MARJORIE'S BUSY DAYS





CHAPTER XIII

A FAIR EXCHANGE?

Mrs. Maynard opened the front door just as the children approached with the baby-carriage.

"Come along, girlies!" she cried. "Marjorie, wheel the carriage right into the hall."

"The baby's asleep, Mother," said Midget, as she and Gladys brought the carriage over the door-sill.

"Oh, is she? Totty's asleep, Mildred," she called, in a stage whisper, to Mrs. Harrison, who was upstairs.

"I thought she would be," responded that lady. "Just throw back her veil, and leave her as she is. She often takes her nap in her carriage, and there's no use waking her."

Gently, Mrs. Maynard turned back the veil from the little sleeping face, and, as she had no thought of anything being wrong, she did not notice any difference in the baby features.

"Gladys, we'd like to have you stay to luncheon," she said. "So you and Midge run upstairs and tidy your curls at once." With demure steps, but with dancing eyes, the girls went upstairs.

"I'm afraid it's mischief," whispered Gladys to Marjorie, as she tied her hair-ribbon for her.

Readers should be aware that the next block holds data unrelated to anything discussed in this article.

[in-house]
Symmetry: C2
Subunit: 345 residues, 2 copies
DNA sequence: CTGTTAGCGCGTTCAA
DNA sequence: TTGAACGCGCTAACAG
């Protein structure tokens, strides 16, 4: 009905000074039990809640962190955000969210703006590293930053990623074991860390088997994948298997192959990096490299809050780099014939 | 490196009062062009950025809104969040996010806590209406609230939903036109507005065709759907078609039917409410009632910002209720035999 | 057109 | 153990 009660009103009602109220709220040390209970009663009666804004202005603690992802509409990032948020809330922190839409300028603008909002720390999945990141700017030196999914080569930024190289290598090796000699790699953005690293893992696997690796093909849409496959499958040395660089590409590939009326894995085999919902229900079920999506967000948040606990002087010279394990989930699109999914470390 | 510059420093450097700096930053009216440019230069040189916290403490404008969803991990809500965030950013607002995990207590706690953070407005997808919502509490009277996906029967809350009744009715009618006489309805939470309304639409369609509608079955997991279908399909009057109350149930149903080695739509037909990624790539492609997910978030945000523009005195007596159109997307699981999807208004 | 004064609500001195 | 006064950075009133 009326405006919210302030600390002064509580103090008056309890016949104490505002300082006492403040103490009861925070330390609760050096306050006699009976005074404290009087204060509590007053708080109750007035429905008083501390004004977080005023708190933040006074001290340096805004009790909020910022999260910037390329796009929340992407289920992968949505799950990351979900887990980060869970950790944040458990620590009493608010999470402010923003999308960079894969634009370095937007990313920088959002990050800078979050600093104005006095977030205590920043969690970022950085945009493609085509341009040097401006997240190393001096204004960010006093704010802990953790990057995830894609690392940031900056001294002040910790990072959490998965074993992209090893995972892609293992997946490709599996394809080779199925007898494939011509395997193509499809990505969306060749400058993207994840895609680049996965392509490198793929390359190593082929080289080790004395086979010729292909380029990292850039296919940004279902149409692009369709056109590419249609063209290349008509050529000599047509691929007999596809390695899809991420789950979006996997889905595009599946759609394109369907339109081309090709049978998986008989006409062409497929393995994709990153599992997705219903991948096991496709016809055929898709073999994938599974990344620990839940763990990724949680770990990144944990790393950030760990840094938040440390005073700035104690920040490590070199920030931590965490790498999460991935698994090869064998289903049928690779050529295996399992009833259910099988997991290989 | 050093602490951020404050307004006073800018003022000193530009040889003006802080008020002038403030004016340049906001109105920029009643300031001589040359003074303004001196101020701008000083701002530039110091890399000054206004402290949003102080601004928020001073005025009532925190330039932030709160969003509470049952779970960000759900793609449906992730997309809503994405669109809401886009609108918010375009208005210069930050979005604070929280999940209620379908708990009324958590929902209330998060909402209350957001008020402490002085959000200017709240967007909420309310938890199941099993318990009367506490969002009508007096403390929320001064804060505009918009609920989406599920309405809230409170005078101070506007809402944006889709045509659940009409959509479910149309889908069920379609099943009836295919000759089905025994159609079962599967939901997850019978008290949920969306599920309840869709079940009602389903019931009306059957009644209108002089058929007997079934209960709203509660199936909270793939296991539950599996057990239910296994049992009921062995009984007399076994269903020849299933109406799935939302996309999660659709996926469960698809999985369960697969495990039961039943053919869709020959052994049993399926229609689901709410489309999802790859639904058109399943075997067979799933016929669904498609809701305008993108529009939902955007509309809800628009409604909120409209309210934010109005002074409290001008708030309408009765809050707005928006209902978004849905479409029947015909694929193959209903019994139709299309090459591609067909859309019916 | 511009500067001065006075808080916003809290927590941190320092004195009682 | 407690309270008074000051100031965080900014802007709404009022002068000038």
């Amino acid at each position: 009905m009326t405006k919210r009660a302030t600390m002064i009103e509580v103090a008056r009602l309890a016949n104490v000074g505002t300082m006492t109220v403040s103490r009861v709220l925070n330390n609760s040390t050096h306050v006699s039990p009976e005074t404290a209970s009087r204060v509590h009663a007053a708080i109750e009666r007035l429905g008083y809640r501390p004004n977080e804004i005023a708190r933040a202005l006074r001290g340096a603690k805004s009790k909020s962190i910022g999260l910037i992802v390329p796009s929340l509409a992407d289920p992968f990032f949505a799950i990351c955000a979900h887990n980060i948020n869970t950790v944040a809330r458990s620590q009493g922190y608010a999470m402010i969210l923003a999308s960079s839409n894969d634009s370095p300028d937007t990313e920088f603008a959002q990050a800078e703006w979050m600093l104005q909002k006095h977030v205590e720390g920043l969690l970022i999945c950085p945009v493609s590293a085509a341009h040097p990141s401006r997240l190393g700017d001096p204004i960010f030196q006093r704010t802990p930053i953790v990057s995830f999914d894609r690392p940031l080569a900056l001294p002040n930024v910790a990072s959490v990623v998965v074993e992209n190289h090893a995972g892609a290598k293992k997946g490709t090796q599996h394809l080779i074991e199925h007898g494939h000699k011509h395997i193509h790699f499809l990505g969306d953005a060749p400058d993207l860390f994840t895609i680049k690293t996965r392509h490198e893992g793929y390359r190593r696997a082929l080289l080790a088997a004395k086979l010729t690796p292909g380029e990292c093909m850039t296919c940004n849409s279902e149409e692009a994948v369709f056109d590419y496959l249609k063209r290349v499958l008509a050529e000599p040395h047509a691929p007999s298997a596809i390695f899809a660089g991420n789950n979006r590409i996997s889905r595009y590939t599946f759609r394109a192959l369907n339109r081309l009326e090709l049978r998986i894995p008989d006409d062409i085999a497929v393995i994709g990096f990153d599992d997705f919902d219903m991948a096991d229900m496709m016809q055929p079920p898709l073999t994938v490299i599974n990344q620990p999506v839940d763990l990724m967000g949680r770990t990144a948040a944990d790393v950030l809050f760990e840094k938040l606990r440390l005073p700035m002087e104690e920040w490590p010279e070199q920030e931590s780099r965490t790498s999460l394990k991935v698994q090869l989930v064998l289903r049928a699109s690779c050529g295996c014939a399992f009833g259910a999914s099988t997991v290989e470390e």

"No, it isn't!" declared Midge, stoutly. "It's only a joke, and it can't do any harm. Mother didn't know it was a different baby, and I don't believe Mrs. Harrison will know either."

Trim and tidy once more the two friends went downstairs.

As they were on the stairs they heard the sound of the telephone bell.

Mrs. Maynard answered it, and in a moment Gladys realized that her own mother was talking at the other end of the wire.

After a short conversation, Mrs. Maynard hung up the receiver, and said:

"Mrs. Fulton says that Mr. Fulton has come home quite unexpectedly and that they are going for an afternoon's motor ride. She wants both of you girls to go, but she says you must fly over there at once, as they're all ready to start. She tried to tell us sooner, but couldn't get a connection on the telephone."

"But we haven't had luncheon," said Marjorie, "and I'm fairly starving."

"They're taking luncheon with them," explained Mrs. Maynard. "And you must go at once, not to keep Mr. Fulton waiting. Of course, you needn't go if you don't want to, Midge."

"Oh, I do! I'm crazy to go! And luncheon in baskets is such fun! What shall I wear, Mother?"

"Go just as you are. That frock is quite clean. Put on your hat and coat, and I'll get a long veil for you."

Gladys had already run off home, and Marjorie was soon equipped and ready to follow.

As she flew out of the door, she remembered the joke about the babies.